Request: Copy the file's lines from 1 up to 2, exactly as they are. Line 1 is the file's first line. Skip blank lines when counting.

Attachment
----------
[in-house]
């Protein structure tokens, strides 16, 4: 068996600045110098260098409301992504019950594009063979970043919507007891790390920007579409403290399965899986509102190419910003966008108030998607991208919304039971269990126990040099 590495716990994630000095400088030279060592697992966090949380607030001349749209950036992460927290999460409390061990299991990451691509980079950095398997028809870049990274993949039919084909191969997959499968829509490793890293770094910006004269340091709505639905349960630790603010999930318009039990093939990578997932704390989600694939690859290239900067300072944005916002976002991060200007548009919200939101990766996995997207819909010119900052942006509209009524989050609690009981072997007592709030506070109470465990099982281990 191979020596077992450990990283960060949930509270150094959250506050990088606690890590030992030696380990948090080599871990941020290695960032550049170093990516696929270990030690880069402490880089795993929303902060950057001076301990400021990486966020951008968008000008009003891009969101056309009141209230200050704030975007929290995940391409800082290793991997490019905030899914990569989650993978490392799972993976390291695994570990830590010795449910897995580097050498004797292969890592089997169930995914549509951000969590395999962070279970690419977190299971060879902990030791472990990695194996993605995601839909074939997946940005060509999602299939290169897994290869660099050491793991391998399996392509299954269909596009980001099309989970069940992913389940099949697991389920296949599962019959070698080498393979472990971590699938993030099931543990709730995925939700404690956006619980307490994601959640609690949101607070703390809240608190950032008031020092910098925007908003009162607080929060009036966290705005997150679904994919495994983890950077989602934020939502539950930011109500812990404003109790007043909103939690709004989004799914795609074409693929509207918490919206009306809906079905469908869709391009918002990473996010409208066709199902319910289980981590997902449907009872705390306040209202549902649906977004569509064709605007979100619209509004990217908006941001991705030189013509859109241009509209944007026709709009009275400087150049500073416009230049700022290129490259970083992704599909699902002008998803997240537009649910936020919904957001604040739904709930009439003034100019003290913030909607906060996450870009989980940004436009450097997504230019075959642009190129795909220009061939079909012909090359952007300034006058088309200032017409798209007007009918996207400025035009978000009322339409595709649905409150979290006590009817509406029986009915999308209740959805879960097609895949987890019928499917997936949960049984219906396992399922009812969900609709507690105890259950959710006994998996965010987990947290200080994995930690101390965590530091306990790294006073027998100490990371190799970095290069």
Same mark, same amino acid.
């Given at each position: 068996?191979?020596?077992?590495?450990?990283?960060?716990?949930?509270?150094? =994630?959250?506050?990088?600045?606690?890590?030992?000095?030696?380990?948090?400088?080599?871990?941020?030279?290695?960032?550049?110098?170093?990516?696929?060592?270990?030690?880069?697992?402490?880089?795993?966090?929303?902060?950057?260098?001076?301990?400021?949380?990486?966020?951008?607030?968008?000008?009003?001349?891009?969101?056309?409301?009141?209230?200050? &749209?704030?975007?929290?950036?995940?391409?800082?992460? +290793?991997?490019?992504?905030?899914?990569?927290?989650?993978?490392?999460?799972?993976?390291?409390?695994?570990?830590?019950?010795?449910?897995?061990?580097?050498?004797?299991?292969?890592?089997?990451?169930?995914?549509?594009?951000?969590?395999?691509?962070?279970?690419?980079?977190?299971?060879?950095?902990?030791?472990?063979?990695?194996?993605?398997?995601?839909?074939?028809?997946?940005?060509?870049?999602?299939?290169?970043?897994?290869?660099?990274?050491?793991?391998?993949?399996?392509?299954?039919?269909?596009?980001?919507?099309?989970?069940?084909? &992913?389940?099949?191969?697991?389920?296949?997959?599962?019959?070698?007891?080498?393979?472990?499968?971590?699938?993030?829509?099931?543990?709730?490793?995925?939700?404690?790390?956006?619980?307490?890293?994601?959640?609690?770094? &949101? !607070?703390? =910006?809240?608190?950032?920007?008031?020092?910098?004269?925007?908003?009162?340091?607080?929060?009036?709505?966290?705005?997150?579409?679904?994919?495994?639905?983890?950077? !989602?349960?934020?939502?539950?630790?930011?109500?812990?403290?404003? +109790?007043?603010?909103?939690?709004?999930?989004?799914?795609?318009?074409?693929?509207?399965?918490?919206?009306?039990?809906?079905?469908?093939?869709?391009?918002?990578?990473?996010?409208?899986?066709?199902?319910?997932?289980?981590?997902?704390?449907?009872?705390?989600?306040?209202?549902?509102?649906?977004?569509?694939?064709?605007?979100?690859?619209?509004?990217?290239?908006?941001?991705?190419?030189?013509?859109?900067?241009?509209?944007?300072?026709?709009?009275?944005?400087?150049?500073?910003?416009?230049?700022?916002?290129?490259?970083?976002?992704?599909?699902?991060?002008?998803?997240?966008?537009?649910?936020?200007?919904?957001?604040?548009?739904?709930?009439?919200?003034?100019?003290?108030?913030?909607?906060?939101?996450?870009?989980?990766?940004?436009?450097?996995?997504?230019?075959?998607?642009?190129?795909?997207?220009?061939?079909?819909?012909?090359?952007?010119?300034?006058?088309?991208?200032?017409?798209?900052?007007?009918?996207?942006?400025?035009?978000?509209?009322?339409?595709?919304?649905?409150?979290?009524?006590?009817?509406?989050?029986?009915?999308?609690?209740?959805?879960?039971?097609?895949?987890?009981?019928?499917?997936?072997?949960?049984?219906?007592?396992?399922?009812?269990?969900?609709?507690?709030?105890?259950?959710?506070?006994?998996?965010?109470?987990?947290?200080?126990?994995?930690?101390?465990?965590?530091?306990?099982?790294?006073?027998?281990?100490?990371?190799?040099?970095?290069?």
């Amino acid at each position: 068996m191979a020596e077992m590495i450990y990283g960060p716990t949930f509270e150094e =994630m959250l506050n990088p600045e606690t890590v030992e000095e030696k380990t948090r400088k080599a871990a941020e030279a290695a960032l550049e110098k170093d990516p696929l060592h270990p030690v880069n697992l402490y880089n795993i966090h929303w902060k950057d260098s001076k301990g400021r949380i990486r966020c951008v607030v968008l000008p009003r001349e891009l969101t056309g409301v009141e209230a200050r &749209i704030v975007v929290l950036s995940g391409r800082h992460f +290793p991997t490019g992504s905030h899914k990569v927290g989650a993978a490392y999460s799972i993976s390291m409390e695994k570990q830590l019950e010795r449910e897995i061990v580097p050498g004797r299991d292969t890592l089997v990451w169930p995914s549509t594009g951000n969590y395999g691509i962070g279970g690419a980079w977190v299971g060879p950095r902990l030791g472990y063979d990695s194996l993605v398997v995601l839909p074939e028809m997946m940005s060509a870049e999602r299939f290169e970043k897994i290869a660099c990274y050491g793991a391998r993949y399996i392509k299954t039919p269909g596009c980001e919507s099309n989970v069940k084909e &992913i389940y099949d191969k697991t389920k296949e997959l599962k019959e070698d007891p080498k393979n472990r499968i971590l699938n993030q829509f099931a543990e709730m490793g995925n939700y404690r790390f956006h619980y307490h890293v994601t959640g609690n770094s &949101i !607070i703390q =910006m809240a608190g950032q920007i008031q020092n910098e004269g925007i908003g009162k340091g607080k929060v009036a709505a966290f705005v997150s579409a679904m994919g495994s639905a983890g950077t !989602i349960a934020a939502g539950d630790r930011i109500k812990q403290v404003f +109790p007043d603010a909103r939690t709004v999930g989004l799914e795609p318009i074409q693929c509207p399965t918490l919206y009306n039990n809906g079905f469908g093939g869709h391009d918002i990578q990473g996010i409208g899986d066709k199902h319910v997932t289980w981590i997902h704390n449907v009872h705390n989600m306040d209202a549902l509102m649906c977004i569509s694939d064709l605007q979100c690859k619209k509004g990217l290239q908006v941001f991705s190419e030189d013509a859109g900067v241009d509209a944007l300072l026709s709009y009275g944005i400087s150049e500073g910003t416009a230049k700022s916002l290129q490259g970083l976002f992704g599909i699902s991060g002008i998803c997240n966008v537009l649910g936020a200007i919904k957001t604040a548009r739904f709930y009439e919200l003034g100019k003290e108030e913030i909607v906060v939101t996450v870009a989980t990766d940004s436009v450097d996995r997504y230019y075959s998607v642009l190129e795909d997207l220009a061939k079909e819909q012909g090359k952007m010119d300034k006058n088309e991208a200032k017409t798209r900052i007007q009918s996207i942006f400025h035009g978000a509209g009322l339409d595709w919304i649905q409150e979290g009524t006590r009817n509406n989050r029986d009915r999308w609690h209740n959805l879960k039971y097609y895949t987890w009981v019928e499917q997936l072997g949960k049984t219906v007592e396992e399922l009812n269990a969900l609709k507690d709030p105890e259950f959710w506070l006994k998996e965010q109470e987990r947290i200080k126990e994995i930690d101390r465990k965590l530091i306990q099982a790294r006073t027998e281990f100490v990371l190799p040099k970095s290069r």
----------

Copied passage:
[in-house]
């Protein structure tokens, strides 16, 4: 068996600045110098260098409301992504019950594009063979970043919507007891790390920007579409403290399965899986509102190419910003966008108030998607991208919304039971269990126990040099 590495716990994630000095400088030279060592697992966090949380607030001349749209950036992460927290999460409390061990299991990451691509980079950095398997028809870049990274993949039919084909191969997959499968829509490793890293770094910006004269340091709505639905349960630790603010999930318009039990093939990578997932704390989600694939690859290239900067300072944005916002976002991060200007548009919200939101990766996995997207819909010119900052942006509209009524989050609690009981072997007592709030506070109470465990099982281990 191979020596077992450990990283960060949930509270150094959250506050990088606690890590030992030696380990948090080599871990941020290695960032550049170093990516696929270990030690880069402490880089795993929303902060950057001076301990400021990486966020951008968008000008009003891009969101056309009141209230200050704030975007929290995940391409800082290793991997490019905030899914990569989650993978490392799972993976390291695994570990830590010795449910897995580097050498004797292969890592089997169930995914549509951000969590395999962070279970690419977190299971060879902990030791472990990695194996993605995601839909074939997946940005060509999602299939290169897994290869660099050491793991391998399996392509299954269909596009980001099309989970069940992913389940099949697991389920296949599962019959070698080498393979472990971590699938993030099931543990709730995925939700404690956006619980307490994601959640609690949101607070703390809240608190950032008031020092910098925007908003009162607080929060009036966290705005997150679904994919495994983890950077989602934020939502539950930011109500812990404003109790007043909103939690709004989004799914795609074409693929509207918490919206009306809906079905469908869709391009918002990473996010409208066709199902319910289980981590997902449907009872705390306040209202549902649906977004569509064709605007979100619209509004990217908006941001991705030189013509859109241009509209944007026709709009009275400087150049500073416009230049700022290129490259970083992704599909699902002008998803997240537009649910936020919904957001604040739904709930009439003034100019003290913030909607906060996450870009989980940004436009450097997504230019075959642009190129795909220009061939079909012909090359952007300034006058088309200032017409798209007007009918996207400025035009978000009322339409595709649905409150979290006590009817509406029986009915999308209740959805879960097609895949987890019928499917997936949960049984219906396992399922009812969900609709507690105890259950959710006994998996965010987990947290200080994995930690101390965590530091306990790294006073027998100490990371190799970095290069």